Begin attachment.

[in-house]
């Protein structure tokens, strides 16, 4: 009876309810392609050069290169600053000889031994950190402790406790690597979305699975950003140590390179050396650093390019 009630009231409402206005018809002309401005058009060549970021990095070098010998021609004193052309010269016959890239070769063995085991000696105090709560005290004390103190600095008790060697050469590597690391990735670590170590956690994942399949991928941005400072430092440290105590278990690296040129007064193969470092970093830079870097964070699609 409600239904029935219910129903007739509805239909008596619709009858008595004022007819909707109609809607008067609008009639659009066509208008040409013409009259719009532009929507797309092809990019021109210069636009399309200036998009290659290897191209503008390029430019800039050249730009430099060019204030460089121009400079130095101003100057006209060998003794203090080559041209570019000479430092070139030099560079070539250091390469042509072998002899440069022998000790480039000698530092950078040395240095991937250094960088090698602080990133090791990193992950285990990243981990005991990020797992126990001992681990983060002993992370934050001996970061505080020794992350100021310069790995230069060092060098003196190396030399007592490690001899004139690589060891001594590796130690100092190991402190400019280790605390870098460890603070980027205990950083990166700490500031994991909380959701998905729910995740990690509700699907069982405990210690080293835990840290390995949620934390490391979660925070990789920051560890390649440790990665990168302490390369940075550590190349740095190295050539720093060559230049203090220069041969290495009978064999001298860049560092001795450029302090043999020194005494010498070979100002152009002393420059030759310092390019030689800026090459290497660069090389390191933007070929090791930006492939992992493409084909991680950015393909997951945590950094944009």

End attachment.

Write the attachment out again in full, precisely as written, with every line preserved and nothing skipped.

[in-house]
């Protein structure tokens, strides 16, 4: 009876309810392609050069290169600053000889031994950190402790406790690597979305699975950003140590390179050396650093390019 009630009231409402206005018809002309401005058009060549970021990095070098010998021609004193052309010269016959890239070769063995085991000696105090709560005290004390103190600095008790060697050469590597690391990735670590170590956690994942399949991928941005400072430092440290105590278990690296040129007064193969470092970093830079870097964070699609 409600239904029935219910129903007739509805239909008596619709009858008595004022007819909707109609809607008067609008009639659009066509208008040409013409009259719009532009929507797309092809990019021109210069636009399309200036998009290659290897191209503008390029430019800039050249730009430099060019204030460089121009400079130095101003100057006209060998003794203090080559041209570019000479430092070139030099560079070539250091390469042509072998002899440069022998000790480039000698530092950078040395240095991937250094960088090698602080990133090791990193992950285990990243981990005991990020797992126990001992681990983060002993992370934050001996970061505080020794992350100021310069790995230069060092060098003196190396030399007592490690001899004139690589060891001594590796130690100092190991402190400019280790605390870098460890603070980027205990950083990166700490500031994991909380959701998905729910995740990690509700699907069982405990210690080293835990840290390995949620934390490391979660925070990789920051560890390649440790990665990168302490390369940075550590190349740095190295050539720093060559230049203090220069041969290495009978064999001298860049560092001795450029302090043999020194005494010498070979100002152009002393420059030759310092390019030689800026090459290497660069090389390191933007070929090791930006492939992992493409084909991680950015393909997951945590950094944009």